Signs of Life

“Old age is no place for sissies.”
~Bette Davis

Scrunchface Approved.

“Stop scrunching your face. You don’t want to give yourself another reason to get Botox,” says the man currently treating me to sushi. We are mid-conversation.

“Did those words seriously just come out of your mouth???” I ask, raising my eyebrows in shock.

“That! Don’t do that!” He physically wipes his hand down my forehead to try to smooth it. Stunned is an understatement. I knew I shouldn’t have said ‘yes’ to this stupid date.

A single comment can be so revealing. This particular moment unearths a goldmine of material, a treasure trove of baggage and judgment. Agism. Sexism. Past memories of my early days in LA. Present insecurities about being too old to be in Hollywood.

In one, thoughtless forehead stroke, I’m flashed back:

It’s 1999. I’m 20 and very, very fresh off the boat in LA. I do my first ever “modeling” shoot in Hollywood with an intolerant, douchebag of a Russian photographer. The entire process is uncomfortable and traumatizing for many reasons — not just the exorbitant price, the creepy “studio” and WHAT IS THAT SMELL A DEAD BODY OR BORSCHT? — but the thing that sticks out the most in my mind, now almost 20 years later, is his constant belittling of my many facial expressions.

He would yell, “Stop making those ugly faces!!!” or “Stop vrinkling you forehead, you look vridiculous!!!” Up until that moment, I have no idea I even do this, let alone have any idea how to control the facial muscles responsible for whether I do it or not. It’s just me being me. I leave the photo shoot in tears. It takes me years to step in front of a camera again.

At least now I know why Eastern European models look so expressionless and bored all the time. They’re trying not to age.

I’m choking back tears. Unbeknownst to my date, he’s triggered every bomb in the psychological minefield of this thirysomething wannabe in Los Angeles; my constant, personal battles against cultural expectations, industry discrimination, self-doubt, body dysmorphia, feelings of worthlessness, shame and uselessness.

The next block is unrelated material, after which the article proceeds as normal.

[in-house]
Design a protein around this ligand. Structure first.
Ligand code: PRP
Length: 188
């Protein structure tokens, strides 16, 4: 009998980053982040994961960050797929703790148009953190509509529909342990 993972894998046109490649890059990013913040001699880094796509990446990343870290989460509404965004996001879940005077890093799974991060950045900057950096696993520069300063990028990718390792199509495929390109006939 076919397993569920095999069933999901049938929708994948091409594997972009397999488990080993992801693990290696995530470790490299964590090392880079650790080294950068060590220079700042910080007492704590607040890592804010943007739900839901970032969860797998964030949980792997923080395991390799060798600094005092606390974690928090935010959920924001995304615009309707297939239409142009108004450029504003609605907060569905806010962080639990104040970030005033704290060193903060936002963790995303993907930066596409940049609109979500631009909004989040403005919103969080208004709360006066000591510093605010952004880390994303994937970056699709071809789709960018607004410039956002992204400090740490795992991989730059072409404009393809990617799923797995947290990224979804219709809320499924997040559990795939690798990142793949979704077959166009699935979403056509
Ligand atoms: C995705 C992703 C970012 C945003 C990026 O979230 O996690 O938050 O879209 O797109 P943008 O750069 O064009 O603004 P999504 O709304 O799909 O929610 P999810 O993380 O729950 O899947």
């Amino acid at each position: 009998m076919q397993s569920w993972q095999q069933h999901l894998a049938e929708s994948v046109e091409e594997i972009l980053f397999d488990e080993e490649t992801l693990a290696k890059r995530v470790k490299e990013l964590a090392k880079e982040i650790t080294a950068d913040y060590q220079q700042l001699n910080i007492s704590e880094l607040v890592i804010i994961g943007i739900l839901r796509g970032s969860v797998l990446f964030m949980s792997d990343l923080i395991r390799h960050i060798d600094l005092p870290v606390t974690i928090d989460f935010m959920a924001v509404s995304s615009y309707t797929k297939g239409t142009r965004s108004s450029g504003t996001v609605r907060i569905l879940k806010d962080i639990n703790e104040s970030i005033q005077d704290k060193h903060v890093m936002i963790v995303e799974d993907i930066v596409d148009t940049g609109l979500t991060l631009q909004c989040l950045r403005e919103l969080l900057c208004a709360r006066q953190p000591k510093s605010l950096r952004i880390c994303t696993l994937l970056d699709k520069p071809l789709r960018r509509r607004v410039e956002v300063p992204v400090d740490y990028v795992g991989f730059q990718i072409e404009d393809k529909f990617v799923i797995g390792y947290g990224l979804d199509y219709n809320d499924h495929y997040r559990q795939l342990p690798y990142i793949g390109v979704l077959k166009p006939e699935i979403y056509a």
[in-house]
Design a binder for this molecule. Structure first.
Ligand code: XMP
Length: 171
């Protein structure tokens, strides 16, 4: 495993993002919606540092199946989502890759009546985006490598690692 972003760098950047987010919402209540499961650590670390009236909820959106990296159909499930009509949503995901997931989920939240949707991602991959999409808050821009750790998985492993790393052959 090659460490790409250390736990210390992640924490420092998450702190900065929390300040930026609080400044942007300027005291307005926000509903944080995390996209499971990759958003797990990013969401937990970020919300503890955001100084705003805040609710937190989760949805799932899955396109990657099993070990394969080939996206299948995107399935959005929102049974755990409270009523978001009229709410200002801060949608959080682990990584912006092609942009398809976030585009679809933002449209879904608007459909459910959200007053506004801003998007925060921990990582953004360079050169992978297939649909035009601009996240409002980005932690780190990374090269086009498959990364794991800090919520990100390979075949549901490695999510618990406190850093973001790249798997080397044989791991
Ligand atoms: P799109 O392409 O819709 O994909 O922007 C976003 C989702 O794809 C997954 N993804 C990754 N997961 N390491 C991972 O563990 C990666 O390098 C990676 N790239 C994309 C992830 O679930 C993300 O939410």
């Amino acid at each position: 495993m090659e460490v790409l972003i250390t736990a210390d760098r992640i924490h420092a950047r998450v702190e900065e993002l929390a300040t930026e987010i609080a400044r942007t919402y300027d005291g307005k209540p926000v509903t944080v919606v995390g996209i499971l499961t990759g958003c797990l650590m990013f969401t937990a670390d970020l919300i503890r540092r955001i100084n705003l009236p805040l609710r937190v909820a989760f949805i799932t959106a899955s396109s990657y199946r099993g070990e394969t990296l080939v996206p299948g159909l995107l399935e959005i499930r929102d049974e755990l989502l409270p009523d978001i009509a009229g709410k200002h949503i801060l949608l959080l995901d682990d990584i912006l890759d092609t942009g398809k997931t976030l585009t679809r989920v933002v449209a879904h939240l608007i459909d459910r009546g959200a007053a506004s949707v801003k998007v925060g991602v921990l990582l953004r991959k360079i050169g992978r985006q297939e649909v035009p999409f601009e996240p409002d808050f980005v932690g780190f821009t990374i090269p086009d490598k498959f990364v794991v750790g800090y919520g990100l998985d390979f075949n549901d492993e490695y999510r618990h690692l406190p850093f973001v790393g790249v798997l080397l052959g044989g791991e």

Did I choose the right path? Am I too old to have kids? Did I miss the boat on my dreams? Should I chuck it all and go become a park ranger tagging turtles in Joshua Tree? Are they turtles or tortoises? I think they’re tortoises…I should have finished college…Is it too late for me?? Am I too old to die young?

Sushi Guy interrupts my runaway internal dialogue, “You’re adorable. It’s just that sometimes you look exactly like a cartoon.”

I LOOK LIKE A CARTOON????? WHICH ONE?? Like a South Park character, Hanna Barbera or are we talking Manga?

This is going downhill, fast.

My source of wrinkles: “Are you fucking kidding me?!?”

“Well, no shit, Sherlock. That’s one of the many reasons I’m a comic and not a model, jackass.” If the sushi wasn’t so damn delicious, I would be out of here.

“I just want you to take care of yourself,” my date back-tracks, beginning to realize he’s rapidly destroying any chance of getting pussy that evening (or ever) yet still attempting to justify his offhand remark.

Are you fucking kidding me? Take care of myself? Really? I can think of at least one habit I should break that would be heading in the general direction of wellness. And it’s not furrowing my brow.

What drives me the most insane is the notion that the act of preserving my girlish identity well into becoming a woman — by shooting a toxin made from the bacteria that causes botulism into my face — is somehow beneficial to my health and well being. Never mind what chasing the dragon of eternal youth does to you psychologically.